During one of Wolf Blitzer's "strategy sessions" on The Situation Room on CNN, Wolf Blitzer brought on former Cheney adviser Mary Matalin and one of their regular contributors, Roland Martin to discuss President Obama and his recent push to get what amounts to an alternative minimum tax on millionaires, or the "Buffett rule" passed so that people like Warren Buffet aren't paying a lower tax rate than his secretary.
Naturally Matalin thought that is a terrible campaign strategy, and who does she think President Obama should be taking advice from? Mark Penn -- Hillary Clinton's former adviser that helped her lose the primary race to then Sen. Obama and who left her campaign with her still owing him hundreds of thousands of dollars for his lousy advice. I agree with Roland Martin here and Penn is the last person any Democrat should be taking advice from right now, or for that matter, ever.
I also agree with Martin that President Obama should be going out to every area of the country where poverty is terrible and hitting Republicans upside the head politically for wanting to protect their rich campaign donors so they don't have their taxes raised.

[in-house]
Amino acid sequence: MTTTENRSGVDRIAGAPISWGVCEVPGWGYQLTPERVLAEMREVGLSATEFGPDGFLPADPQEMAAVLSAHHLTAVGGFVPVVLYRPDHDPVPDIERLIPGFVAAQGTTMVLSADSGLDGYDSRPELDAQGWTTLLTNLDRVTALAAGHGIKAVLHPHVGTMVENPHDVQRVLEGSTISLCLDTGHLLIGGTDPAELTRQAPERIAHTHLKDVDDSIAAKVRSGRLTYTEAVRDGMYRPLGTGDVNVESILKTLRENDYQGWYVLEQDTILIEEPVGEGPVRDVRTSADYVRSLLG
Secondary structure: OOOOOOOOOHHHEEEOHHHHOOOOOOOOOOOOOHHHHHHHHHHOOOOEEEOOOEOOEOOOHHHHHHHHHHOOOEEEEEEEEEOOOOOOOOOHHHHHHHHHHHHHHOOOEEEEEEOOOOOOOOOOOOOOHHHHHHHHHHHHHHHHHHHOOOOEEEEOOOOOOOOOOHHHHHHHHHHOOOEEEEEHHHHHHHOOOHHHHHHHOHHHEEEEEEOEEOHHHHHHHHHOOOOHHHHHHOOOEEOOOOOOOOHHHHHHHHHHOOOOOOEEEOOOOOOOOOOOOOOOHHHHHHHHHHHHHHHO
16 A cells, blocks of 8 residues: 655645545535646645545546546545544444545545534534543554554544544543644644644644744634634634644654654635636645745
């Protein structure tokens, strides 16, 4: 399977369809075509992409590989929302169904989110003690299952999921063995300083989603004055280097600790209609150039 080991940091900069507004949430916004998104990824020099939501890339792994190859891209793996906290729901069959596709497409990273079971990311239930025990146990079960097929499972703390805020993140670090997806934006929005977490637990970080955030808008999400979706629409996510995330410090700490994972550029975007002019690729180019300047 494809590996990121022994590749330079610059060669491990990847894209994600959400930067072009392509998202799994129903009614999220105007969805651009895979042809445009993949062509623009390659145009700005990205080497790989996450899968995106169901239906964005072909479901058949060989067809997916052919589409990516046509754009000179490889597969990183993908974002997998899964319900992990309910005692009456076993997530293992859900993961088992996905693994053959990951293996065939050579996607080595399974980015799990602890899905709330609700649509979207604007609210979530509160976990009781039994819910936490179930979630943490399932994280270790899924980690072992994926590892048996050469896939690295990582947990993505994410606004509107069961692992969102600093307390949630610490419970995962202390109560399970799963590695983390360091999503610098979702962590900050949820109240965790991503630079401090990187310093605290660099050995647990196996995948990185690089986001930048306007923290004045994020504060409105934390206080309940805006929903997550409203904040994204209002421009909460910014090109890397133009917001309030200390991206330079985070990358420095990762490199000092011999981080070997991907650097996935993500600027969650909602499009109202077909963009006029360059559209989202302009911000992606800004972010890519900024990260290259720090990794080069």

And on a last note, if I had a dime for every time one of these Republican talking heads used the term "class warfare" to mean heaven forbid don't raise taxes on the so-called "job creators", who aren't creating any jobs, I'd be able to retire early. I really hope most Americans are not silly enough to fall for their rhetoric after it's become very obvious after the Bush years that cutting taxes on the rich does nothing to create jobs unless you target those tax cuts specifically for hiring Americans, instead of rewarding them for shipping jobs overseas as we do now.